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In This Issue of JAMA
January 6, 2015

Highlights

JAMA. 2015;313(1):3-5. doi:10.1001/jama.2014.11497

Historically, type 1 diabetes mellitus has been associated with large reductions in life expectancy. Livingstone and colleagues assessed life expectancy in a contemporary cohort of 24 691 Scottish patients with type 1 diabetes and found that compared with the general population, subsequent life expectancy at age 20 years for patients with diabetes was approximately 11 years less for men and 13 years less for women. In an Editorial, Katz and Laffel discuss prevention of diabetes complications to improve patient survival.

Editorial and Related Article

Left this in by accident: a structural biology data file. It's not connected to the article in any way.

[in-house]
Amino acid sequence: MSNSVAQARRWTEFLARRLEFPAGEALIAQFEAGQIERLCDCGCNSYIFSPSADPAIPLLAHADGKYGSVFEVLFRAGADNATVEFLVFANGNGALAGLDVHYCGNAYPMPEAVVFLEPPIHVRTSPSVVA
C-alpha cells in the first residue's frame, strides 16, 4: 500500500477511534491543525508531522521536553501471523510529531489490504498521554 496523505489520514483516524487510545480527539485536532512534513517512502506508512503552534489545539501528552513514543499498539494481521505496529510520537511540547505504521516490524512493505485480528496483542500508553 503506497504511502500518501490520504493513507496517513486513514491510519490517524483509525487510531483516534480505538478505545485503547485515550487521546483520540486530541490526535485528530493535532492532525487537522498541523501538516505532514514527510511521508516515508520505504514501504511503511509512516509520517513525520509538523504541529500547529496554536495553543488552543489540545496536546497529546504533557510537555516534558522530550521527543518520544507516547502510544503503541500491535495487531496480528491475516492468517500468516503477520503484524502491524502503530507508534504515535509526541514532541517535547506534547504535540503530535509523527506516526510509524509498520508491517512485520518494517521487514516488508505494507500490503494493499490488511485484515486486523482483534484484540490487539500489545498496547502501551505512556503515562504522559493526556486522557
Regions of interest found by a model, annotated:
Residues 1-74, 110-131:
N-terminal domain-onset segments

In an observational follow-up of participants in the Diabetes Control and Complications Trial, which involved random assignment to intensive treatment (n=711) or conventional treatment (n=730) for a mean 6.5 years and intensive treatment for all participants recommended thereafter, Orchard and colleagues found that mortality risk was modestly lower among individuals in the initial intensive therapy group after a mean 27 years’ follow-up.

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